Biosafety is an essential aspect that must be considered during collecting and handling the sample required to diagnose COVID-19 disease. WHO recommends level 2 for diagnostic testing. Antiviral microbiological testing lab personnel must have specific training in the management of pathogens, under the direct supervision of a competent researcher, according to the biosafety standards of each laboratory.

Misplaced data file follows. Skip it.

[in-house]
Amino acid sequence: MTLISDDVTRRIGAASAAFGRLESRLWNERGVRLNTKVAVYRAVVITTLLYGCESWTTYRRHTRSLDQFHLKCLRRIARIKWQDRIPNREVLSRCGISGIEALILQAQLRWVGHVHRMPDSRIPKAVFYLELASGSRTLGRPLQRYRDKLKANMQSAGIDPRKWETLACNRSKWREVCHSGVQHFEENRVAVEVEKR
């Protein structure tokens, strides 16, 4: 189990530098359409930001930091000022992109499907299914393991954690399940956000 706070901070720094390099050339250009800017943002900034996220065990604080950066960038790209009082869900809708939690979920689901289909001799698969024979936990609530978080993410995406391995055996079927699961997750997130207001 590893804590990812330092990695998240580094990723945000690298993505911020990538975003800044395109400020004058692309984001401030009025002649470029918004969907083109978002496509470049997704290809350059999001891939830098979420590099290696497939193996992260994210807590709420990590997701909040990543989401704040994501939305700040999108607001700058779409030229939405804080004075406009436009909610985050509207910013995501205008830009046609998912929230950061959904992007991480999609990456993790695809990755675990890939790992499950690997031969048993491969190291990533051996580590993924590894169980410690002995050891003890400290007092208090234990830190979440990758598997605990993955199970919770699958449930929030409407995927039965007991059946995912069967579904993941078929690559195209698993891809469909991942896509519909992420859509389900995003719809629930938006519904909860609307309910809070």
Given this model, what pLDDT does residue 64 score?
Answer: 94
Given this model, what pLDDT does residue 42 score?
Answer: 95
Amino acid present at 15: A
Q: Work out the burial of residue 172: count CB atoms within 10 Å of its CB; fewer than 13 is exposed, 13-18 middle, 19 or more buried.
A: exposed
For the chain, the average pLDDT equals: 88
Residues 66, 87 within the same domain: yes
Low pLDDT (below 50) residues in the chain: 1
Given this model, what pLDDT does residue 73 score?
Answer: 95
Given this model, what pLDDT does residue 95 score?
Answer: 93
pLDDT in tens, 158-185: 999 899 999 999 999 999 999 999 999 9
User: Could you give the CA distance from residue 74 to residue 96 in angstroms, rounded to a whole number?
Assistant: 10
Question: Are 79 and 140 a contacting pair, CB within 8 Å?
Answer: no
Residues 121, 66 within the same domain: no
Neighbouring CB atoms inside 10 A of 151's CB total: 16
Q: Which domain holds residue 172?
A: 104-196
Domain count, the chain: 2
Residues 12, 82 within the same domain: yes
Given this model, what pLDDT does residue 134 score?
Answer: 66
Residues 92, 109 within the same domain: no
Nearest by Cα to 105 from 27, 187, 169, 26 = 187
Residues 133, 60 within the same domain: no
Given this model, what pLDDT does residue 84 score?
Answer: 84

The safety protocols for obtaining, transferring, handling, and using the sample are of utmost importance to provide accurate and interpretable results. Complementing the strengths of molecular tests that allow the specific detection of SARS-CoV-2 with immunological tests that assess the host’s immune response will be crucial for the accurate and timely diagnosis of patients. Additionally, these same techniques offer alternatives for determining molecular markers with predictive value, which will be especially valuable to differentiate the management of patients less than 60 years of age without pre-existing co-morbidities.